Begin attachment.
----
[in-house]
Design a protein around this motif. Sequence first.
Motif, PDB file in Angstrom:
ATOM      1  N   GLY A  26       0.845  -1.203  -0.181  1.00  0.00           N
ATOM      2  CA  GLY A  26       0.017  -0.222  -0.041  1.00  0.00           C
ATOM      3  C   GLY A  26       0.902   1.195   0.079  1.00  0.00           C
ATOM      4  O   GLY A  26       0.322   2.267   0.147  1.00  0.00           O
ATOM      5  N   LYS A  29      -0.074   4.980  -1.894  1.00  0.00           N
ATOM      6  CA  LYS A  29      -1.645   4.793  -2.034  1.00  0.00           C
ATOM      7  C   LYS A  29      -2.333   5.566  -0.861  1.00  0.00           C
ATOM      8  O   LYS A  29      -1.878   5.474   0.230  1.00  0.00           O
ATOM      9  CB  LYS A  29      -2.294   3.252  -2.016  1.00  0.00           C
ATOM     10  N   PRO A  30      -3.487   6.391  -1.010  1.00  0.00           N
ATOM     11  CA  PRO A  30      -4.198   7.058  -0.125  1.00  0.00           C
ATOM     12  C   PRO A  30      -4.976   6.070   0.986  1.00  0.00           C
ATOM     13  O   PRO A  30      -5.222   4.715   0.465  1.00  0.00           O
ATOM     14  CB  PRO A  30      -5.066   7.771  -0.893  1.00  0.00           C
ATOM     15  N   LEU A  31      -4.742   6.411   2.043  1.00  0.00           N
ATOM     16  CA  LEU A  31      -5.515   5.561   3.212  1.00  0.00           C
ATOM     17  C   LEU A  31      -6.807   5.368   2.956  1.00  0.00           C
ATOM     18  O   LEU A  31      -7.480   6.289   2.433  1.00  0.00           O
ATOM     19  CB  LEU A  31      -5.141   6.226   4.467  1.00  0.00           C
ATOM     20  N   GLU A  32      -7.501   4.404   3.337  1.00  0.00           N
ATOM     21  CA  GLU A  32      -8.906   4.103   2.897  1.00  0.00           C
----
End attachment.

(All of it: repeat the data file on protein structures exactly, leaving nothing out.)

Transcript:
[in-house]
Design a protein around this motif. Sequence first.
Motif, PDB file in Angstrom:
ATOM      1  N   GLY A  26       0.845  -1.203  -0.181  1.00  0.00           N
ATOM      2  CA  GLY A  26       0.017  -0.222  -0.041  1.00  0.00           C
ATOM      3  C   GLY A  26       0.902   1.195   0.079  1.00  0.00           C
ATOM      4  O   GLY A  26       0.322   2.267   0.147  1.00  0.00           O
ATOM      5  N   LYS A  29      -0.074   4.980  -1.894  1.00  0.00           N
ATOM      6  CA  LYS A  29      -1.645   4.793  -2.034  1.00  0.00           C
ATOM      7  C   LYS A  29      -2.333   5.566  -0.861  1.00  0.00           C
ATOM      8  O   LYS A  29      -1.878   5.474   0.230  1.00  0.00           O
ATOM      9  CB  LYS A  29      -2.294   3.252  -2.016  1.00  0.00           C
ATOM     10  N   PRO A  30      -3.487   6.391  -1.010  1.00  0.00           N
ATOM     11  CA  PRO A  30      -4.198   7.058  -0.125  1.00  0.00           C
ATOM     12  C   PRO A  30      -4.976   6.070   0.986  1.00  0.00           C
ATOM     13  O   PRO A  30      -5.222   4.715   0.465  1.00  0.00           O
ATOM     14  CB  PRO A  30      -5.066   7.771  -0.893  1.00  0.00           C
ATOM     15  N   LEU A  31      -4.742   6.411   2.043  1.00  0.00           N
ATOM     16  CA  LEU A  31      -5.515   5.561   3.212  1.00  0.00           C
ATOM     17  C   LEU A  31      -6.807   5.368   2.956  1.00  0.00           C
ATOM     18  O   LEU A  31      -7.480   6.289   2.433  1.00  0.00           O
ATOM     19  CB  LEU A  31      -5.141   6.226   4.467  1.00  0.00           C
ATOM     20  N   GLU A  32      -7.501   4.404   3.337  1.00  0.00           N
ATOM     21  CA  GLU A  32      -8.906   4.103   2.897  1.00  0.00           C